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We have created an application that records web camera streams using Xuggler, but video and audio are separated.

We need to merge, not concatenate, these two files.

How can this be done in Java?

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do you really have to use java for this because there are many tools to do this if you search in google –  dungeon Hunter Aug 4 '12 at 19:24
    
basically our application is java applet so we want a single file of recording –  kashif181 Aug 4 '12 at 21:26

4 Answers 4

up vote 3 down vote accepted

If you have audio and video file then you can merge them to a single audio video file using FFmpeg:

  1. Download FFmpeg: http://ffmpeg.zeranoe.com/builds/
  2. Extract downloaded file to specific folder, say c:\ffmpeffolder
  3. Using cmd move to specific folder c:\ffmpeffolder\bin
  4. Run following command: $ ffmpeg -i audioInput.mp3 -i videoInput.avi -acodec copy -vcodec copy outputFile.avi This is it. outputFile.avi will be the resulting file.
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Very Helpful really now if you explain that whether it be possible by java code –  kashif181 Aug 6 '12 at 11:41
    
If your application is a Java Applet, as you state in your comment, and if you need the generated movie in the client side, you would need to send the recorded streams to the server, then make the ffmpeg merge on server, and return the encoded file to the applet. –  マルちゃん だよ Aug 8 '12 at 2:23
    
Some good links on the topic: * catswhocode.com/blog/19-ffmpeg-commands-for-all-needs * flowplayer.org/forum/7/12671 Building an mp4(x264) output with mp3 sound which is compatible with most videoplayers command using ffmpeg: ffmpeg -i audiofile.mp3 -i moviefile.avi -acoded libfaac -vcodec libx264 output.mp4 You need to have ffmpeg built in with x264 and liblame support for that. And watch out for copyright infringement due to mp3/x264 licenses, how you do it do not mind ;) –  cristobal Aug 13 '12 at 21:29

I would recommend to look into ffmpeg and merge them trough command line with the required arguments needed for merging the video and audio files. You can use java Process to execute native processes.

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You can call ffmpeg using Java as follows:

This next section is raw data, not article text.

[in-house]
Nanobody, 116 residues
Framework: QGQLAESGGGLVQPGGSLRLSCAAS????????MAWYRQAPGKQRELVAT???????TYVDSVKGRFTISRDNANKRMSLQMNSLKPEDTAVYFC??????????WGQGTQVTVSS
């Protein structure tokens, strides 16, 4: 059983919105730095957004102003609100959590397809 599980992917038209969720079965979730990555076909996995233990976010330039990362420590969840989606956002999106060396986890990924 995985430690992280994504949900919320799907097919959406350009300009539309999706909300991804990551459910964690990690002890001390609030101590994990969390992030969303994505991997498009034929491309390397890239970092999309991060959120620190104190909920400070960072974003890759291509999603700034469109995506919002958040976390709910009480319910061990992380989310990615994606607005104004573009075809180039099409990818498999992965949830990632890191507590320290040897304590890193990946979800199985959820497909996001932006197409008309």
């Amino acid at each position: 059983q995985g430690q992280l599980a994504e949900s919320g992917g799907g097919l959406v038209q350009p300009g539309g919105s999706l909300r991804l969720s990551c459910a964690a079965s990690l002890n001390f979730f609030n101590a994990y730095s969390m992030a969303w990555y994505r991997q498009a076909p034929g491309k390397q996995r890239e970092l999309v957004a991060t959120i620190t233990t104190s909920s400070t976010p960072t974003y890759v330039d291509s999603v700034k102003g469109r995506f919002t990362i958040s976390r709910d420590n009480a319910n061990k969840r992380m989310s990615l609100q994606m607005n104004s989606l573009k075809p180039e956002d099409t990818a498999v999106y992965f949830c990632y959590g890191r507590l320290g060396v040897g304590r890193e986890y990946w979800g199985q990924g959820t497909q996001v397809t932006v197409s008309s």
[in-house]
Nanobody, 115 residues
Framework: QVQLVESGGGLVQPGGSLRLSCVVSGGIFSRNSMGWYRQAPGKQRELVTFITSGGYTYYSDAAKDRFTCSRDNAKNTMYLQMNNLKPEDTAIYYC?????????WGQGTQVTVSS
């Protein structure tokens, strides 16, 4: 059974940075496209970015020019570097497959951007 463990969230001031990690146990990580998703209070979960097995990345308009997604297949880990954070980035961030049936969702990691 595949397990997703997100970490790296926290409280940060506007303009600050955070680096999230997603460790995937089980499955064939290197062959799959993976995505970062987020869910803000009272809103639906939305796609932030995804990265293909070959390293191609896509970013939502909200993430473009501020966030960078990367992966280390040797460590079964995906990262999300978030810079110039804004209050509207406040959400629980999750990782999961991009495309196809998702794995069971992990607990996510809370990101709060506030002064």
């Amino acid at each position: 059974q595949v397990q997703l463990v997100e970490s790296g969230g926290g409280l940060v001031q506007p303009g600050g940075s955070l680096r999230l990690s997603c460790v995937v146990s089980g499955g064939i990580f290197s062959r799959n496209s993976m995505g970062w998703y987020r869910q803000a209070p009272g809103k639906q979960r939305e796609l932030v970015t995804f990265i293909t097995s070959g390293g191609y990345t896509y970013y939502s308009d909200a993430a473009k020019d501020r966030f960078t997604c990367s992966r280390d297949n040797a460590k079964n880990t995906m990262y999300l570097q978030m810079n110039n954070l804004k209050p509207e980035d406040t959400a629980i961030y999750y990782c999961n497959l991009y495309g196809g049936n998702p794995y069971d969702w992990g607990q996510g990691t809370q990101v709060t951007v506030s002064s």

public class WrapperExe {

 public boolean doSomething() {

 String[] exeCmd = new String[]{"ffmpeg", "-i", "audioInput.mp3", "-i", "videoInput.avi" ,"-acodec", "copy", "-vcodec", "copy", "outputFile.avi"};

 ProcessBuilder pb = new ProcessBuilder(exeCmd);
 boolean exeCmdStatus = executeCMD(pb);

 return exeCmdStatus;
} //End doSomething Function

private boolean executeCMD(ProcessBuilder pb)
{
 pb.redirectErrorStream(true);
 Process p = null;

 try {
  p = pb.start();

 } catch (Exception ex) {
 ex.printStackTrace();
 System.out.println("oops");
 p.destroy();
 return false;
}
// wait until the process is done
try {
 p.waitFor();
} catch (InterruptedException e) {
e.printStackTrace();
System.out.println("woopsy");
p.destroy();
return false;
}
return true;
 }// End function executeCMD
} // End class WrapperExe
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Hi @codegeek, don't mind me shoot a tangent here, what if they were live streams instead of audio files? how to stream as it encodes without waiting for the whole file to be finished? –  Matical Jun 25 '13 at 15:41

depending on the formats, you could use JMF, the Java Media Framework, which is ancient and was never that great, but might be good enough for your purposes.

If it doesn't support your formats, you could use the FFMPEG wrapper which, if I am remembering correctly, provides a JMF interface but uses FFMPEG: http://fmj-sf.net/ffmpeg-java/getting_started.php

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